From the lifetime of the Greek philosopher Anaxagoras in the 5th century BCE to the 14th century CE, earthquakes were usually attributed to "air (vapors) in the cavities of the Earth." Thales of Miletus, who lived from 625–547 (BCE) was the only documented person who believed that earthquakes were caused by tension between the earth and water. Other theories existed, including the Greek philosopher Anaxamines' (585–526 BCE) beliefs that short incline episodes of dryness and wetness caused seismic activity. The Greek philosopher Democritus (460–371 BCE) blamed water in general for earthquakes. Pliny the Elder called earthquakes "underground thunderstorms."
Read more about this topic: Earthquake
Other articles related to "historical views, view, historical, views":
... From a philosophical point of view, the idea of "natural" slavery emerged at the same time thus, as Aeschylus states in The Persians, the Greeks "f no man are they called the slaves or vassals", while the Persians ...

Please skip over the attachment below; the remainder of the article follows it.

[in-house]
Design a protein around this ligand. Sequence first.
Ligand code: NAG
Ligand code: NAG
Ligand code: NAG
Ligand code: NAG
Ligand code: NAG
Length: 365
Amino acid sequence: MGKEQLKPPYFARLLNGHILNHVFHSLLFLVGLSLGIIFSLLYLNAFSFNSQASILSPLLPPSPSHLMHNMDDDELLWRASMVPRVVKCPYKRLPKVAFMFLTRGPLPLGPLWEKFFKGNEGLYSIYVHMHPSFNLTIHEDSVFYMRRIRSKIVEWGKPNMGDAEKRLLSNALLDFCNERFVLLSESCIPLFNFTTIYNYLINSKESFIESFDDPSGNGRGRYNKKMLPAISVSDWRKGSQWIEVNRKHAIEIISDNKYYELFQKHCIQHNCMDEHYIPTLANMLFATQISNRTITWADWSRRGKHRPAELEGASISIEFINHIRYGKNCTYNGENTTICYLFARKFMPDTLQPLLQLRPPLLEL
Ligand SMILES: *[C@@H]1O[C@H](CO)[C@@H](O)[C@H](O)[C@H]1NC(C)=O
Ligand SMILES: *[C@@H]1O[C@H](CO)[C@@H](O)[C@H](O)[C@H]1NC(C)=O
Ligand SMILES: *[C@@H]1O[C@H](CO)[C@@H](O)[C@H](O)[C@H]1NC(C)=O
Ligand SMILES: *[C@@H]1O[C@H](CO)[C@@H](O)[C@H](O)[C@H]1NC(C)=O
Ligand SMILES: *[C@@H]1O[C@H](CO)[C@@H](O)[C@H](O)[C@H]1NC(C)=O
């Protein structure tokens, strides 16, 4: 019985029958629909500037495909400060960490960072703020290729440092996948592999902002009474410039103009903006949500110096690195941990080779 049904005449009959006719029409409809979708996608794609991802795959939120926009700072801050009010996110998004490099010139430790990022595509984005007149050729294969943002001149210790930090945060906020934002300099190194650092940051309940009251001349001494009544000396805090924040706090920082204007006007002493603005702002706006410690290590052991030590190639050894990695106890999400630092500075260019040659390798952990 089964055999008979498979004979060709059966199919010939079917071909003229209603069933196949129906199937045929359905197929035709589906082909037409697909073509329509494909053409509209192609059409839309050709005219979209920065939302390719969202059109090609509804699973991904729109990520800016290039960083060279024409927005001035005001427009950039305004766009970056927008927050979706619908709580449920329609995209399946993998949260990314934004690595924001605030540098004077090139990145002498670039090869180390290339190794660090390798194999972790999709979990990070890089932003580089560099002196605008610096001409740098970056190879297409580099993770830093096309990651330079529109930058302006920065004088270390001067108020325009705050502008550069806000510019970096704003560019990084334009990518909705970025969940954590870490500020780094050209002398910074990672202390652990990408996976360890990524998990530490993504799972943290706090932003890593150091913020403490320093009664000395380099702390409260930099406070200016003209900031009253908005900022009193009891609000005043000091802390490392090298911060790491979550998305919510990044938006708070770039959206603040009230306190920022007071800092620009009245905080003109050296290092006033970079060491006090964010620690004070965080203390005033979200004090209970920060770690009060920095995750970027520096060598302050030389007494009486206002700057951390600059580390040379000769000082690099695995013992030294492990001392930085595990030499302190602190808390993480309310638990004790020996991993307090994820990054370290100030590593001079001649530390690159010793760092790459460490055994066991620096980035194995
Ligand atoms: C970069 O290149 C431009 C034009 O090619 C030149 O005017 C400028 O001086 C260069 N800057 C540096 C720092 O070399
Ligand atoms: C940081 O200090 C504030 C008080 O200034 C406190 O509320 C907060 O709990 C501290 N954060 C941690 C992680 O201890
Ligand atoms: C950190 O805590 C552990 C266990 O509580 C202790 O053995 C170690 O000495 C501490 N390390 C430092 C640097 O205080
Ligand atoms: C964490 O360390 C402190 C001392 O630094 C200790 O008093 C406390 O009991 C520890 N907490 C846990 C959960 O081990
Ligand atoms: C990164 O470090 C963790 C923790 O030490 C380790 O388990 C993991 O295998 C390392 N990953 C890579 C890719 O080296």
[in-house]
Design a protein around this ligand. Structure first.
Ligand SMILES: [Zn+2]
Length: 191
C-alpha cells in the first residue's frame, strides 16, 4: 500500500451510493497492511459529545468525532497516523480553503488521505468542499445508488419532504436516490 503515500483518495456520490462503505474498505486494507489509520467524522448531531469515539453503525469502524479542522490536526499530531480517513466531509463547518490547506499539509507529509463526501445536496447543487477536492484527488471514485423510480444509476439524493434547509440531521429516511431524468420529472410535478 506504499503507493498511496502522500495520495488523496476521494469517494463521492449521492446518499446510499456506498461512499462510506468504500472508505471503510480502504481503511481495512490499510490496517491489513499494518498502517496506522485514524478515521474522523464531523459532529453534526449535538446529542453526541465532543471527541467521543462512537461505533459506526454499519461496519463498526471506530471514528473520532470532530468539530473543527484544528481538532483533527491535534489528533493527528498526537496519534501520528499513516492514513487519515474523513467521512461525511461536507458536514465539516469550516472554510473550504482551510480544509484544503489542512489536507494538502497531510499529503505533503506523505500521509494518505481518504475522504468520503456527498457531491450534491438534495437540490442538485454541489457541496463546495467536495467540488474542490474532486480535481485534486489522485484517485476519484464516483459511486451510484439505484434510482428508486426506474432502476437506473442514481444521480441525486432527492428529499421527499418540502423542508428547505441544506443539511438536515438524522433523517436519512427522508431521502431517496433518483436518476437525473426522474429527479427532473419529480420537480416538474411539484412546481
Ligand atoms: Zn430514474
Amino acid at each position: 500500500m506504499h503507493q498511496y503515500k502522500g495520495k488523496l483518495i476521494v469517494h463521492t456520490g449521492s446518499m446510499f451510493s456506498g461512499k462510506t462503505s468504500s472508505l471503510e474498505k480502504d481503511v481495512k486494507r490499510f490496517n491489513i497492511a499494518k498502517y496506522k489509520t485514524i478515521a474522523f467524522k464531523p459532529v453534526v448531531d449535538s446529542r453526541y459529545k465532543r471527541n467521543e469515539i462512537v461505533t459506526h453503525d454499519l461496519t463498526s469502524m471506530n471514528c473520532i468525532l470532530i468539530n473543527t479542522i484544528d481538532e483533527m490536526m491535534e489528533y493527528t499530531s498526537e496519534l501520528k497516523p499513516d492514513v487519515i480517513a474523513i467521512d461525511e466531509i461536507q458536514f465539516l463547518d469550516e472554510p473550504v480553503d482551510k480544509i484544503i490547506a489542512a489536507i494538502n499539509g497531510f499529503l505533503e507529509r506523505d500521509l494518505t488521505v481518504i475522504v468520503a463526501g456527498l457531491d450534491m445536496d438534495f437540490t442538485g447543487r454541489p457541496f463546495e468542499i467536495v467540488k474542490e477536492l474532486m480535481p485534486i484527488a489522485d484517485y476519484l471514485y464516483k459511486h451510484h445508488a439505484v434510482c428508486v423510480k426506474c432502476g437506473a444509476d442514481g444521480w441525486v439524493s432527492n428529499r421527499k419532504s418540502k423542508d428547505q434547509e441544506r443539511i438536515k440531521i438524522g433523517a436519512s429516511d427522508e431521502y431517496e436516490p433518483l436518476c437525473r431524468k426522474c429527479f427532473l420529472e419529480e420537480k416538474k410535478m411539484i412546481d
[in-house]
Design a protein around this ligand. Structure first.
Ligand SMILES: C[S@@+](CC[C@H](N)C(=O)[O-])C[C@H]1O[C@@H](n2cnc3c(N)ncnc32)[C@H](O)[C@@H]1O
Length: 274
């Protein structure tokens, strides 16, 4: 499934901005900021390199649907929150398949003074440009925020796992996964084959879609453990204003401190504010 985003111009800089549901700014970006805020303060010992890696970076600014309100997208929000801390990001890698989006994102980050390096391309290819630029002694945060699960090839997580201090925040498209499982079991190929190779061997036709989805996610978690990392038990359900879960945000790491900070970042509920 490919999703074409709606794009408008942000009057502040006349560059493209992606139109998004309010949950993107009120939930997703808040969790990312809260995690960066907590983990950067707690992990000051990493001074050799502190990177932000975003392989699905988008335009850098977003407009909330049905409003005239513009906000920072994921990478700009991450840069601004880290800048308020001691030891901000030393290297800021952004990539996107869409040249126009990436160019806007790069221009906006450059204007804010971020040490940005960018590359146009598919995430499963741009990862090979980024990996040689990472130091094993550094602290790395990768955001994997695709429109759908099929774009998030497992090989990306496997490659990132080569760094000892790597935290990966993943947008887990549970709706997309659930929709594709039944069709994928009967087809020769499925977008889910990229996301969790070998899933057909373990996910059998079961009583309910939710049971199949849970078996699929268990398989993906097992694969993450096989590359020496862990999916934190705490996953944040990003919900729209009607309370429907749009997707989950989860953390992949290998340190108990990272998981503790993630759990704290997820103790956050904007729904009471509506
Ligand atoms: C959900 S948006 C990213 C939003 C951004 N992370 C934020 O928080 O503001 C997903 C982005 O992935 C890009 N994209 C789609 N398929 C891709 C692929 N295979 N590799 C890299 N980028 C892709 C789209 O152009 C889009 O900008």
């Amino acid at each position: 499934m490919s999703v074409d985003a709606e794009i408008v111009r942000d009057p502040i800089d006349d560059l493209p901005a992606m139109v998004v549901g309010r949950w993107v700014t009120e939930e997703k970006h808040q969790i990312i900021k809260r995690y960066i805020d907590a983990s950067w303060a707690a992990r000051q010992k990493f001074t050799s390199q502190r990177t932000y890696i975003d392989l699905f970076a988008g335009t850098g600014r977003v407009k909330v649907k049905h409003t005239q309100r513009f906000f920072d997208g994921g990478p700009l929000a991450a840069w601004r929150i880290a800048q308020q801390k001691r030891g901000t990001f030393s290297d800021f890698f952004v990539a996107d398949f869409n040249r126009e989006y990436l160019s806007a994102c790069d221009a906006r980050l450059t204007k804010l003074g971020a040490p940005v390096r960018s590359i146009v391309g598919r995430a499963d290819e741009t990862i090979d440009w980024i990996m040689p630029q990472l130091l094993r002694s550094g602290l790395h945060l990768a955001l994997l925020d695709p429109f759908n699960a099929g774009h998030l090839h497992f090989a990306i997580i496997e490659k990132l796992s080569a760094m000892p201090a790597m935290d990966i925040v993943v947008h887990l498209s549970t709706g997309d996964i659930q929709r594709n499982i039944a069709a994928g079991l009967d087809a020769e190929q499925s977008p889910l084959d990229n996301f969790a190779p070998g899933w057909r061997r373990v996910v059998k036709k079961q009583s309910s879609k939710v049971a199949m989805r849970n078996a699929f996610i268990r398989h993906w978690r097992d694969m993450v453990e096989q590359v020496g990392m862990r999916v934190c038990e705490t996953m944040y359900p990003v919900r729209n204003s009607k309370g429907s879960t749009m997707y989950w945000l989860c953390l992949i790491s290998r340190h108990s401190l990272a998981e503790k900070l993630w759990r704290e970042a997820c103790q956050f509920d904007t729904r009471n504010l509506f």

... Workers World Party World Socialist Party of the United States Historical Socialist Labor Party of America Social Democratic Party of America Socialist Party of America Farmer-Labor Party Proletarian Party of ... Revolutionary syndicalism Yippies Zapatismo Main historical events Diggers Paris Commune Haymarket affair Strandzha Commune February Revolution Bavarian Soviet Republic ... to avoid the ambiguity of labels, his political views are often characterized in news accounts as "leftist" or "left-wing," and he has described himself as an anarcho-syndicalist ...
... Further information Historical Jesus In the New Testament, Jesus and his father were identified as tekton (τέκτων) (Matthew 1355, Mark 63), traditionally translated into English as "carpenter ... Crossan, a member of the group, who views Jesus as a peasant states that he would not have been literate ... training, given the divergence of his views from the existing religious background of his time ...
Famous quotes containing the words views and/or historical:
“Views of women, on one side, as inwardly directed toward home and family and notions of men, on the other, as outwardly striving toward fame and fortune have resounded throughout literature and in the texts of history, biology, and psychology until they seem uncontestable. Such dichotomous views defy the complexities of individuals and stifle the potential for people to reveal different dimensions of themselves in various settings.”
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“Reason, progress, unselfishness, a wide historical perspective, expansiveness, generosity, enlightened self-interest. I had heard it all my life, and it filled me with despair.”
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